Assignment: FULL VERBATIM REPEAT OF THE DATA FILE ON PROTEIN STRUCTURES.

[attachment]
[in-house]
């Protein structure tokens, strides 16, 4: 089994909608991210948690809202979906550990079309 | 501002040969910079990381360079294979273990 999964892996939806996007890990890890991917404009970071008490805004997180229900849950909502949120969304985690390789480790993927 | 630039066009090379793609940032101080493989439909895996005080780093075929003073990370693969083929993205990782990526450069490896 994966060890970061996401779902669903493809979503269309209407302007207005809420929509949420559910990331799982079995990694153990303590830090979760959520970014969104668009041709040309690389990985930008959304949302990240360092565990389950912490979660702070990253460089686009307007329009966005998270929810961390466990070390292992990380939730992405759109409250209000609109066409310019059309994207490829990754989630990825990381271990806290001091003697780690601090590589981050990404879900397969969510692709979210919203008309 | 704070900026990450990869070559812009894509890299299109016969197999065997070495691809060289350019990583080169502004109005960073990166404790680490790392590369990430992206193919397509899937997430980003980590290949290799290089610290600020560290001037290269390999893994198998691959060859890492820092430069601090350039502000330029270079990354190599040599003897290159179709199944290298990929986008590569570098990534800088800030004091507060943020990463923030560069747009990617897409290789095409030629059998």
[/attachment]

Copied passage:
[in-house]
């Protein structure tokens, strides 16, 4: 089994909608991210948690809202979906550990079309 | 501002040969910079990381360079294979273990 999964892996939806996007890990890890991917404009970071008490805004997180229900849950909502949120969304985690390789480790993927 | 630039066009090379793609940032101080493989439909895996005080780093075929003073990370693969083929993205990782990526450069490896 994966060890970061996401779902669903493809979503269309209407302007207005809420929509949420559910990331799982079995990694153990303590830090979760959520970014969104668009041709040309690389990985930008959304949302990240360092565990389950912490979660702070990253460089686009307007329009966005998270929810961390466990070390292992990380939730992405759109409250209000609109066409310019059309994207490829990754989630990825990381271990806290001091003697780690601090590589981050990404879900397969969510692709979210919203008309 | 704070900026990450990869070559812009894509890299299109016969197999065997070495691809060289350019990583080169502004109005960073990166404790680490790392590369990430992206193919397509899937997430980003980590290949290799290089610290600020560290001037290269390999893994198998691959060859890492820092430069601090350039502000330029270079990354190599040599003897290159179709199944290298990929986008590569570098990534800088800030004091507060943020990463923030560069747009990617897409290789095409030629059998």